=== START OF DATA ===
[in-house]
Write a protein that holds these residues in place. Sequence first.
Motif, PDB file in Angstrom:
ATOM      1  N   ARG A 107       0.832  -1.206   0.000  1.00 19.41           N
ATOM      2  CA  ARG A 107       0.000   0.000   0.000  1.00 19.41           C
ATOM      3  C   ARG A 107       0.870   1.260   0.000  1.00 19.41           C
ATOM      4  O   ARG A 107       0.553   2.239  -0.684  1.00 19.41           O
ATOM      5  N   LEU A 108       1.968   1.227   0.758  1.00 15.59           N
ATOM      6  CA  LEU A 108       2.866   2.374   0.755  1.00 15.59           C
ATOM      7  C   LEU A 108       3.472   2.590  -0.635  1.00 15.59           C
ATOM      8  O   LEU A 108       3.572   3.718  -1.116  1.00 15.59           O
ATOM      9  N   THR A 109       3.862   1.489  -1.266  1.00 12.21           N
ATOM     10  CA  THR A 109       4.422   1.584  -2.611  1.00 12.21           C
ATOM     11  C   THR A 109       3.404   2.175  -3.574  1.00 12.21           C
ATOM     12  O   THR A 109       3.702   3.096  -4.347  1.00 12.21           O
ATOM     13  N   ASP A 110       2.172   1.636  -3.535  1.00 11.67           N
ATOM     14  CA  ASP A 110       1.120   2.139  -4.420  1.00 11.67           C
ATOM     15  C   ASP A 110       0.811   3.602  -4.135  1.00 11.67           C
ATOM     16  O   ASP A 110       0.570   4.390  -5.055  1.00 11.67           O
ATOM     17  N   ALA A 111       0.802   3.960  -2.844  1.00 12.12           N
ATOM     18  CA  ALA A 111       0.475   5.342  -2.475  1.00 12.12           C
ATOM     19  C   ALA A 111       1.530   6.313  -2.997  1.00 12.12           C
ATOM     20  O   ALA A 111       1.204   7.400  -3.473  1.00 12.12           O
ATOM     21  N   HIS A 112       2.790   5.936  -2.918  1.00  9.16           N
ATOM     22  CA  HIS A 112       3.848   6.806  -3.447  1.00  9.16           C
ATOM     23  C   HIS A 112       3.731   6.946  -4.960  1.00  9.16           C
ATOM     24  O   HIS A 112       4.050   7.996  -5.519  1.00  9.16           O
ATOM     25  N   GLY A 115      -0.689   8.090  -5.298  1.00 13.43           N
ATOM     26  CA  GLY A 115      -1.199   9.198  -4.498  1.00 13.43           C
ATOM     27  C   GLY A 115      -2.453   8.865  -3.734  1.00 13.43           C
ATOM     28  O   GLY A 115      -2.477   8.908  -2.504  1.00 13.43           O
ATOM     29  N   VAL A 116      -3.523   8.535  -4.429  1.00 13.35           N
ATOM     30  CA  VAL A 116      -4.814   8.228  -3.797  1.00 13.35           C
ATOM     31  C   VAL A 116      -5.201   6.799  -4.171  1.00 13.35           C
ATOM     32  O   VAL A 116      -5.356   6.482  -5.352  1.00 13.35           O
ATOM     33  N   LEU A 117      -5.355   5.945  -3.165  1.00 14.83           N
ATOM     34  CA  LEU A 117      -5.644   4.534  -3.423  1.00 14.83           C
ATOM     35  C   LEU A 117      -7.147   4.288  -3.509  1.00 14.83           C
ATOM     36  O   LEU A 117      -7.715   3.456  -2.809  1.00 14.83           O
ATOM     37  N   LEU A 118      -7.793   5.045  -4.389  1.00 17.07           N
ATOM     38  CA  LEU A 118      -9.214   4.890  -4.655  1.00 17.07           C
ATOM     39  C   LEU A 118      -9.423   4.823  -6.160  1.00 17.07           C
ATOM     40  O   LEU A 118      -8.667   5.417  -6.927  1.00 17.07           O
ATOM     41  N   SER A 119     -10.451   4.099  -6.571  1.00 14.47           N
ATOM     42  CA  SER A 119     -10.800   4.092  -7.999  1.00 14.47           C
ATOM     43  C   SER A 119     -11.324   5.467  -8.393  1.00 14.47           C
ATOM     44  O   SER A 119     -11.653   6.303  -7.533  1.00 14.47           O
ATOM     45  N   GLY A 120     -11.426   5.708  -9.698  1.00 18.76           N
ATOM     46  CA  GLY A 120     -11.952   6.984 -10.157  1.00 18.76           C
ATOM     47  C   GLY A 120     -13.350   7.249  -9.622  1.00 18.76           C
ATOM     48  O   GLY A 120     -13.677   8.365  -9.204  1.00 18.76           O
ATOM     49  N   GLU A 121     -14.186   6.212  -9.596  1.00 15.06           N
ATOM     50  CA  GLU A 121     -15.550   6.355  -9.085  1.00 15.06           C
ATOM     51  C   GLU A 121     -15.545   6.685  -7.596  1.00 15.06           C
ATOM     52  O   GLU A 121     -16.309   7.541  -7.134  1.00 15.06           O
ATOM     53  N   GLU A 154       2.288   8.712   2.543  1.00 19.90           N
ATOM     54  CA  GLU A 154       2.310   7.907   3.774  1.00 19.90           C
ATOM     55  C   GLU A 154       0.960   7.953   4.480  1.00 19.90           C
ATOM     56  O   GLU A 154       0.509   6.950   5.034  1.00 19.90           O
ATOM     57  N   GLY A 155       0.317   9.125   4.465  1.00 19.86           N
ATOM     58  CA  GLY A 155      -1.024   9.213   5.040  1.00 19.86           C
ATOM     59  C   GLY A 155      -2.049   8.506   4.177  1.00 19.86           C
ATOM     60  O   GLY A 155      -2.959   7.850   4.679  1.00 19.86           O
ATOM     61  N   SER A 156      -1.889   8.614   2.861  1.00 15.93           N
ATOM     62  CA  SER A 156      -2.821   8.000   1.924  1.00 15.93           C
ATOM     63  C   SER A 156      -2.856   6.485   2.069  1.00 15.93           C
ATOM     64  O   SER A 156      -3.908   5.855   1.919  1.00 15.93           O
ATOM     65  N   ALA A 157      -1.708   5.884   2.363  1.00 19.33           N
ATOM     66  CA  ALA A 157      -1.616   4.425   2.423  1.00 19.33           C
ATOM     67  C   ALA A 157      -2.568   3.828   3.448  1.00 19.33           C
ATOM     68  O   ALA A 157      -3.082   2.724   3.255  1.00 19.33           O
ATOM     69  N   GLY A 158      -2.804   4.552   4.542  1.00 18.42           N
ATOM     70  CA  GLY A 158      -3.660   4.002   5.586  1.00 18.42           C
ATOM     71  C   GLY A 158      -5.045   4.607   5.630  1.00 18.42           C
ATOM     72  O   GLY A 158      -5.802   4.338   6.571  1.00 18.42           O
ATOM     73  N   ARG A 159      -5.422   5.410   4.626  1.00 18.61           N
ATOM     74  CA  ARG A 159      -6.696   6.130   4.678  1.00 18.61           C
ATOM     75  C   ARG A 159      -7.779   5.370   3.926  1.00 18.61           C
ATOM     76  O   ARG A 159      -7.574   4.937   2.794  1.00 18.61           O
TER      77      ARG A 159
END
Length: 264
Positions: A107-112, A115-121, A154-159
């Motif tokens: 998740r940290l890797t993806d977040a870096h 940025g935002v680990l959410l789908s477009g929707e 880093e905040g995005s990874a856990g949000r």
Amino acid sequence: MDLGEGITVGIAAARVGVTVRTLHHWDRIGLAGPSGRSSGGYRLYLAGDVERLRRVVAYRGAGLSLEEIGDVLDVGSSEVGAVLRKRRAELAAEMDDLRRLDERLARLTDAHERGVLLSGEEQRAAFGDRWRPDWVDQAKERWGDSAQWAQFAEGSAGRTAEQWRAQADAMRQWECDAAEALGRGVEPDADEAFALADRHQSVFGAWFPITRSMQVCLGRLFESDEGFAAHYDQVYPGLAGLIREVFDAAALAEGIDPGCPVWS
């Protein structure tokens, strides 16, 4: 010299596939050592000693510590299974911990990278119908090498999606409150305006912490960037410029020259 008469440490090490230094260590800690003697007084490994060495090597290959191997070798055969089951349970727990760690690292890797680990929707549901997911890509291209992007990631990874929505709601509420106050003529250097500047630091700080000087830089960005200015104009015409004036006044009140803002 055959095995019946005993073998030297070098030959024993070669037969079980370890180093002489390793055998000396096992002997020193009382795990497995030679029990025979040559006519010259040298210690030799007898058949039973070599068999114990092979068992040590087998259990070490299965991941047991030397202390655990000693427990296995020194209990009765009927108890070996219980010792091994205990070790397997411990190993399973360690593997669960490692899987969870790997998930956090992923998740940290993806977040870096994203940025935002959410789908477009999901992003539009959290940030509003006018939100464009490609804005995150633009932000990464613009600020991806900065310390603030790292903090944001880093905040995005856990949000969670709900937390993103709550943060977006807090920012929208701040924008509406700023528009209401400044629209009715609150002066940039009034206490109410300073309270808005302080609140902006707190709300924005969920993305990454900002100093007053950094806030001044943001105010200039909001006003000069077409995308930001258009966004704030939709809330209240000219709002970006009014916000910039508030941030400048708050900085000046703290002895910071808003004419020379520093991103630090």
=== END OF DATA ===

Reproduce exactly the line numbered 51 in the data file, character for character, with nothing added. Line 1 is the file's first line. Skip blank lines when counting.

ATOM     48  O   GLY A 120     -13.677   8.365  -9.204  1.00 18.76           O